Krissy lived in a modest ranch house, one of many almost identical homes on her street in suburban Pembroke Pines. Her father, Ken, is a retired Florida Highway Patrol officer, and her mother, Barbara, worked as a real estate agent before quitting to manage her model daughters' careers. Krissy's interest in modeling was inspired by Niki, whose career took off after she appeared on the August 1989 cover of Seventeen. "I watched Niki on a couple of shoots and kinda got interested," Krissy recalled in a February 1994 interview. "Next thing I knew, I was shooting with Niki and doing runway shows in Milan."

Spurred by their mother, Niki, at age 14, became the youngest model ever signed by L'Oréal cosmetics, and Krissy began to pose alongside her sister. The stunning, extremely close siblings first appeared together on our cover in January 1992. They were so supportive of each other, "it was almost like a marriage, like they were part of the same unit," says Seventeen's creative director, Nancy Hessel Weber. Adds photographer Scott Teitler, who shot the first photos of Krissy---and the last: "They were always so unaffected, and you never sensed any competition between them."

The statuesque pair, nearly six feet tall, slender and blonde, looked alot alike (though Krissy didn't have Niki's Cindy Crawford-style mole), but the two had fairly different personalities. Krissy never liked to travel, while Niki has always been willing to jet as far away as Greece on a moment's notice. And while Niki is very high-energy on shoots, Krissy was more reserved. Once, when a photographer tried to prompt Krissy to run and jump around on the beach like her sister, Krissy stopped in the middle of the shoot and patiently informed him, "I am not Niki."

But Krissy, who went on to appear by herself on the cover of Seventeen as well as YM and the Australian magazine Dolly, had thousands of her own fans; she received more than 30,000 e-mail letters soon after becoming the first model to have her own page on the Internet. As successful as she was, though, Krissy never really thought of herself as a model. Though she left high school in 1993 to be privately tutored, Krissy still considered modeling a part-time job at best, a way for her to make money to buy Reba McEntire CDs and her beloved pickup truck. She talked about being a massage therapist someday, but in the meantime, the business card she carried---a birthday gift from friends---provided her beeper number and read: KRISTEN TAYLOR, REDNECK GIRL, 24-7.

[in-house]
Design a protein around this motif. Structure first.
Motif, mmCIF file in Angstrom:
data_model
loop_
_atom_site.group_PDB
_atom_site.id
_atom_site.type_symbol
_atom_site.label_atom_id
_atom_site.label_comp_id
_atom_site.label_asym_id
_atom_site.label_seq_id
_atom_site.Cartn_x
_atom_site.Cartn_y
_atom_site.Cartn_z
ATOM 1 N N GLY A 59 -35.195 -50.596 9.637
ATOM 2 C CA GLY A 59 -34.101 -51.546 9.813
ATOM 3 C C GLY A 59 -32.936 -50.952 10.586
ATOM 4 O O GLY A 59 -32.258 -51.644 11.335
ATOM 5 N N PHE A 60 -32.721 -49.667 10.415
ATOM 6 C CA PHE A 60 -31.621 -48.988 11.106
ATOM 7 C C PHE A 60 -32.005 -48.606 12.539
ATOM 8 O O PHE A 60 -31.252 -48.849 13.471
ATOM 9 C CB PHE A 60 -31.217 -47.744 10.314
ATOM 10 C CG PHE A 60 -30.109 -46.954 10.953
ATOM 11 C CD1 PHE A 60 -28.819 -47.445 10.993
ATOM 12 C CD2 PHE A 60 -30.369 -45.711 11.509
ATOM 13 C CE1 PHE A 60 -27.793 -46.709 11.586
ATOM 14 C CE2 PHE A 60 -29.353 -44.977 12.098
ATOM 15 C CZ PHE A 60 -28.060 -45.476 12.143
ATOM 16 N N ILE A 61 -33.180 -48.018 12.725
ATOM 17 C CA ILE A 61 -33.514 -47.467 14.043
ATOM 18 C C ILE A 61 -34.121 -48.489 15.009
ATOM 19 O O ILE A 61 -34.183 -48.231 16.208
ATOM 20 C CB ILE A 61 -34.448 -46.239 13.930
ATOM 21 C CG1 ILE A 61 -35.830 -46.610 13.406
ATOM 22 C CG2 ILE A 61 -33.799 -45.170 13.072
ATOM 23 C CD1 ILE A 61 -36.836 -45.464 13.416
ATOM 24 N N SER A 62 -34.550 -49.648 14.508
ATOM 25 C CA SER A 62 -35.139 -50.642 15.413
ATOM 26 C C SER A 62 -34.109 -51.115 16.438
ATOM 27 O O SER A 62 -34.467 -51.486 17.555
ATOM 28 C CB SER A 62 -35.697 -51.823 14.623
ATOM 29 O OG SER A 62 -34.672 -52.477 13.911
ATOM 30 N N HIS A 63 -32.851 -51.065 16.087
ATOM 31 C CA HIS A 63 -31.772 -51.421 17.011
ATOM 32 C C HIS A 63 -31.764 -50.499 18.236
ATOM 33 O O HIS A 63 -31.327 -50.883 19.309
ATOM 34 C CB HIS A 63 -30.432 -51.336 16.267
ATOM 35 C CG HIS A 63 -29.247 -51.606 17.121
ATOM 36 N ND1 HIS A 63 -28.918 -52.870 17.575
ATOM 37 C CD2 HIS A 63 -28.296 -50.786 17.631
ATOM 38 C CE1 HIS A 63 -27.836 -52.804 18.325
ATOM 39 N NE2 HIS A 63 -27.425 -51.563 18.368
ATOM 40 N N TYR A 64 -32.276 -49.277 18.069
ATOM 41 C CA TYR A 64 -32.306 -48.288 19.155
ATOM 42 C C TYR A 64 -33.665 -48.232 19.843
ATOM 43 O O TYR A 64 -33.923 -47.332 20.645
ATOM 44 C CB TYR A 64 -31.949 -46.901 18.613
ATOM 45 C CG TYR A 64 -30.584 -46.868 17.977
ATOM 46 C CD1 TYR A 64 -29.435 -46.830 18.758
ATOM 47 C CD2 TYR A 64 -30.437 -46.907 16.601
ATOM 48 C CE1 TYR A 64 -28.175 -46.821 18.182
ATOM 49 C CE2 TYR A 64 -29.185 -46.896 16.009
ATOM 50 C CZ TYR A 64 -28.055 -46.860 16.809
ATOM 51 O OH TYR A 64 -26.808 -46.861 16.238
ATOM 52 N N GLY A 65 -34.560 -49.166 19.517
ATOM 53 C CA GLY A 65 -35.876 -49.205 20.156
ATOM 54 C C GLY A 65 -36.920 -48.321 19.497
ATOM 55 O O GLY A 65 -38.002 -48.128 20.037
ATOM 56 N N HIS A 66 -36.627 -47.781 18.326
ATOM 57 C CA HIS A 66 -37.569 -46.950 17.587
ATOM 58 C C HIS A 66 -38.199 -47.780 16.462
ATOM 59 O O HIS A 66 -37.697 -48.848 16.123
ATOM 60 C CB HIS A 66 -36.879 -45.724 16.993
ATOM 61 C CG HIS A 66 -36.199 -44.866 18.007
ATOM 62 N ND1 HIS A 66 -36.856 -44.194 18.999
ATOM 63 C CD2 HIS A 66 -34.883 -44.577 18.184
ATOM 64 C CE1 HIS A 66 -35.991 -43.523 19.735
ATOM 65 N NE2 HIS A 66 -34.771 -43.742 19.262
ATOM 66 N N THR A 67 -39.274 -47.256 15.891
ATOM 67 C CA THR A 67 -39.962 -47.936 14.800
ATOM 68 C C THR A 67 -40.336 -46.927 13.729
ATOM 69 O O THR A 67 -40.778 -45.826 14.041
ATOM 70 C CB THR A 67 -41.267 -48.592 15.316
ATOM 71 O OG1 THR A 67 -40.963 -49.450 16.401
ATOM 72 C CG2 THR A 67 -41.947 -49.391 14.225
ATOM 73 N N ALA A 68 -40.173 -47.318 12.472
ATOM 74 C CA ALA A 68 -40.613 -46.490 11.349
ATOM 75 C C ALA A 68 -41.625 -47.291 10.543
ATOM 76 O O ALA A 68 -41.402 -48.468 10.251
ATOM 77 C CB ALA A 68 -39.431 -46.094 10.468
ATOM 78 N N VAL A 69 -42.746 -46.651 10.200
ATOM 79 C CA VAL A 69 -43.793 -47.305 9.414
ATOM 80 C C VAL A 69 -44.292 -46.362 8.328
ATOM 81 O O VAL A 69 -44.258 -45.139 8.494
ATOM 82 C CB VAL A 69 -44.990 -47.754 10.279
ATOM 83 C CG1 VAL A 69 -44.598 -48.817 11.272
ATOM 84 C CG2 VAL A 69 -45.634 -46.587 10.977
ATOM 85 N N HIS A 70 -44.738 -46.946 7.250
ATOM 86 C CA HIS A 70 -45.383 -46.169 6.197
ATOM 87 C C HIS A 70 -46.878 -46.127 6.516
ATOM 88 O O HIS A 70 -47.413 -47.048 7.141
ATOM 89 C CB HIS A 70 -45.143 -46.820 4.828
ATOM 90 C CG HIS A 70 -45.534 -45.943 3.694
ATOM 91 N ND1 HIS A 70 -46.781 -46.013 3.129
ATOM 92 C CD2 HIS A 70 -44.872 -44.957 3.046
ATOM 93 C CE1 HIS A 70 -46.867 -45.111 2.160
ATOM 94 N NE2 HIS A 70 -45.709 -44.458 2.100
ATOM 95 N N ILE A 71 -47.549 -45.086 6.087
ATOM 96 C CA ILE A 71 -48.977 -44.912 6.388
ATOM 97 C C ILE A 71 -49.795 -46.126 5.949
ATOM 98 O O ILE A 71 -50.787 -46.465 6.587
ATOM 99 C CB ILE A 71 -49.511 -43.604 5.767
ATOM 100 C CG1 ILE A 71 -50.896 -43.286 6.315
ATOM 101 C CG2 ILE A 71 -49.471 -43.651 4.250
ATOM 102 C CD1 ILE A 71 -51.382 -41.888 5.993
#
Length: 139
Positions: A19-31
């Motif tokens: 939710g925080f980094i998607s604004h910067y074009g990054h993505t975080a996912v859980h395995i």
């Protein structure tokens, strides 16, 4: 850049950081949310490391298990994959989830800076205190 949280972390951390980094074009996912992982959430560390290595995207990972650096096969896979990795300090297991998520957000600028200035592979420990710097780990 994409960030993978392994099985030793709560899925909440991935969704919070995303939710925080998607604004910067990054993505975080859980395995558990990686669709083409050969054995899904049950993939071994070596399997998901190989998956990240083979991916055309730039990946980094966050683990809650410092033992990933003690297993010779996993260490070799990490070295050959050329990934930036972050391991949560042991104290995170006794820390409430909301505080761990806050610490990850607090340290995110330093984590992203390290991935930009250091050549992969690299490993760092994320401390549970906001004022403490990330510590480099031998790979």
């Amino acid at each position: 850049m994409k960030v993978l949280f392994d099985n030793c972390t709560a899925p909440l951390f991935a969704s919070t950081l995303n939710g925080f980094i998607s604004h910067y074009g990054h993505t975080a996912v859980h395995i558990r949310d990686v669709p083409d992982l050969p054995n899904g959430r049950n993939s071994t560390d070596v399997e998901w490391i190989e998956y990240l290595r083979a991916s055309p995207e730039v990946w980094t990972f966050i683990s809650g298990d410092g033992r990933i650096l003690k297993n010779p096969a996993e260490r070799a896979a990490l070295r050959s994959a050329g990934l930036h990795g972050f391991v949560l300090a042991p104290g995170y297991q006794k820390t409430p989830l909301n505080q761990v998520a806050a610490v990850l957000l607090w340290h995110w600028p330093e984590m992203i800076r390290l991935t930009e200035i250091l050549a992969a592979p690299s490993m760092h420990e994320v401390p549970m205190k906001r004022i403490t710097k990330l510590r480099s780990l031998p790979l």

Krissy avoided Miami's model-heavy club scene, preferring to go line-dancing or hang out with friends at places like IHOP, Pizza Hut and Chili's. This year, Krissy attended the prom with her last real boyfriend, a guy she grew up with named Joey Charles. Says Mel, "People probably think she had some kind of crazy life, but she really didn't."

Krissy did her last shoot with Niki in the first week of June, for Miami-based Ocean Drive magazine. The photographer was Teitler, the same one who had taken Krissy and Niki's first pictures for Seventeen. "What's so great is that they still had that kind of sister thing going on," says Teitler. "They were very, very playful with each other." A week after Krissy's death, the sisters' photo ran as planned on the magazine's cover.

Krissy's memorial service, held in a park near her home on July 7, was not a media or modeling-industry event. Family and friends brought daisies and sunflowers, placed them in Krissy's truck and listened to her favorite country music. Several people shared their memories of her, and Krissy's mom and dad handed out photos of her with a tribute that read, in part: "Her smile was like sunshine, her laughter like puppies, her spirit as free as the wind." Niki, too upset to speak at the service, had Krissy's name newly tattooed on her hand.

"You know how people say you have only one true love in your life? Well, Krissy was like my one true friendship," says Mel, whose sister plans to name a soon-to-be-born daughter Kristen. "She will always be a part of our lives. I'll never forget her---never."

Written by Sadie Van Gelder.